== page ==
Idaho Anne Frank Human Rights Memorial
770 S. 8th St., Boise
An inspirational and contemplative site adjacent to the Boise River Greenbelt, the park is maintained by Boise Parks and Recreation in partnership with the Wassmuth Center for Human Rights.
Kurt Karst, an Idaho Falls architect, designed the Memorial to integrate the beauty of natural elements- water, stone, and native plants-with a message of hope.
About the Park
Built by the Idaho Human Rights Education Center, the privately funded memorial opened on Aug. 16, 2002, as a gift to the City of Boise. The Idaho Human Rights Education Center was renamed the Wassmuth Center for Human Rights in 2014, in honor of the late Bill Wassmuth, a human rights activist and leader of the Northwest Coalition Against Malicious Harassment.
For more detail and photographs of the Memorial, visit the Wassmuth Center.
Wassmuth Center for Human Rights
The mission of the Wassmuth Center for Human Rights is to “promote respect for human dignity and diversity through education and to foster individual responsibility to work for justice and peace.” The Center achieves this mission by providing educational programs for teachers and students, engaging in community leadership, partnering with business and industry, and advocating for human rights.
The Quote Wall
The 180-foot Quote Wall takes you on a walk through history. The words of presidents and slaves, children and philosophers, poets and paupers, the famous and the unknown are inscribed side by side.
Universal Declaration of Human Rights
On December 10, 1948, the United Nations adopted and proclaimed the inalienable rights and fundamental freedoms of all people. Eleanor Roosevelt was chair of the U.N. Commission on Human Rights, which wrote this document promoting social progress, freedom and better standards of life.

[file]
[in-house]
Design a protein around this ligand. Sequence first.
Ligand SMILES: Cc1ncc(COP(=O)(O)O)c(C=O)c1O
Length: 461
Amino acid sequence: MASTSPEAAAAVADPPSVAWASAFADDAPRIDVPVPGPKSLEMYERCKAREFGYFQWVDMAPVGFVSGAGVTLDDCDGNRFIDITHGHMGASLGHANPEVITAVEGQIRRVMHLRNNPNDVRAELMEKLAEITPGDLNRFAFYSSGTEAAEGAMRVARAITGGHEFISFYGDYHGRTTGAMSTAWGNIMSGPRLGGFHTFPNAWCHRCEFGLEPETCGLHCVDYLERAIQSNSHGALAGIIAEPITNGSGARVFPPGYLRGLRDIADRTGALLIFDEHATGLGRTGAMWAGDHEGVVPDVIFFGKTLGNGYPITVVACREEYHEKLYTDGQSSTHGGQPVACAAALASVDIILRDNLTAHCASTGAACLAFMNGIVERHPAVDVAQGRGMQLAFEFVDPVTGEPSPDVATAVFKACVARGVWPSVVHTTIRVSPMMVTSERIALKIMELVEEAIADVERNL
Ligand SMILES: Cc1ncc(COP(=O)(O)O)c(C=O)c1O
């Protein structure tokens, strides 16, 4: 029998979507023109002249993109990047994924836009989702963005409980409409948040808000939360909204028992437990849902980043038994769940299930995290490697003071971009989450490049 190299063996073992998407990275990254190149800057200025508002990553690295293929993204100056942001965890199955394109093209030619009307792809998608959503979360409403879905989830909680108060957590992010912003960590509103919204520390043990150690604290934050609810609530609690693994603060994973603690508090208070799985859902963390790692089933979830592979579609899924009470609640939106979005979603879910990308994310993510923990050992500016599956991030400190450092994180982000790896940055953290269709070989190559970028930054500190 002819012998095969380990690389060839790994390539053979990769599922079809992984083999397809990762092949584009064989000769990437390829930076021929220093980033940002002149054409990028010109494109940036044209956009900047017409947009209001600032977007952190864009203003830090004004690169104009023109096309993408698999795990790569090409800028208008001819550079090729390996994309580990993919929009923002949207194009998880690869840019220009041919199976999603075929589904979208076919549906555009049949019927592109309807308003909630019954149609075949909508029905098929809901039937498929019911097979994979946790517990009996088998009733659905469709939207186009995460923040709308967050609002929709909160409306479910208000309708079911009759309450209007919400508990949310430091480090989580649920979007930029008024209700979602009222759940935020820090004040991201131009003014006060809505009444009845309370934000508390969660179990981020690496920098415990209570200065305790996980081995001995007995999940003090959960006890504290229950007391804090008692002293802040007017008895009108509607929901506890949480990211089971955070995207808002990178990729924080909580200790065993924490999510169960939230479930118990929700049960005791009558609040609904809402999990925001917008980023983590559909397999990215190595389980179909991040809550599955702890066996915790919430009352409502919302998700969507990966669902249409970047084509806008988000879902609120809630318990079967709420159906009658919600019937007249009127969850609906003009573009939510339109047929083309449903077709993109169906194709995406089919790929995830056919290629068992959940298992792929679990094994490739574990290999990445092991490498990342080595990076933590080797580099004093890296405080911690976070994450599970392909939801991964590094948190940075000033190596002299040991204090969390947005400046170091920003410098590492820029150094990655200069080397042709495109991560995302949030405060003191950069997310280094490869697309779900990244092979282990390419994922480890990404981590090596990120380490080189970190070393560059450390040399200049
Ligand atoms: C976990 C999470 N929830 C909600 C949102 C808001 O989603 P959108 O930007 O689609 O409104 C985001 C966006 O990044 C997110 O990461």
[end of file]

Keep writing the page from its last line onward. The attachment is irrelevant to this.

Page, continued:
Bethine and Frank Church Writing Table
Frank Church served as an Idaho Senator from 1957 to 1981. He was instrumental in the passage of the first Civil Rights Bill since Reconstruction. Until her death in 2013, Bethine continued his legacy and was active in numerous civic activities. A bronze representation of Anne's diary is located on the table.
Anne Frank Statue
From the amphitheater there is a view of the life-size bronze statue of Anne Frank. The sculptor, Greg Stone, from Northampton, Massachusetts cast Anne as if she were pulling back an imaginary curtain and gazing out a window from the family's attic hiding place. Funded largely by the students of Idaho, the names of 44 participating schools are on pavers in the area near the Church Writing Table.
Anne and her family, as well as four other Jews, hid for more than two years until they were betrayed, arrested and sent to concentration camps. The markings behind the statue depict rooms in the cramped hiding place. A wooden staircase, much steeper than the stairs at the Memorial, was hidden by a movable bookcase. The quotes on the stone bookcase were taken from Anne's diary.
The Cityscape Wall and Butterfly Poem
The wall closest to the Boise River is reminiscent of Amsterdam where Anne Frank Lived. "The Butterfly" was written by Pavel Friedmann while he was imprisoned n the Terezin Concentration Camp near Prague. Of the 15,000 children who entered Terezin, only 100 survived. Friedmann died in Auschwitz in 1944.
Donor Walls and Pavers
The names of our major donors are on the donor tablets near the Church Writing Table. The pavers were purchased by donors prior to the start of construction. Pavers can still be purchased and placed at the Memorial. We urge you to read the thoughts of our donors on the benches, seats and pavers.
Anne Frank Chestnut Sapling
The Idaho Anne Frank Human Rights Memorial in Boise has been named one of only 11 United States sites to receive a sapling from the actual Anne Frank Chestnut Tree in Amsterdam. The sapling is planted in the Memorial.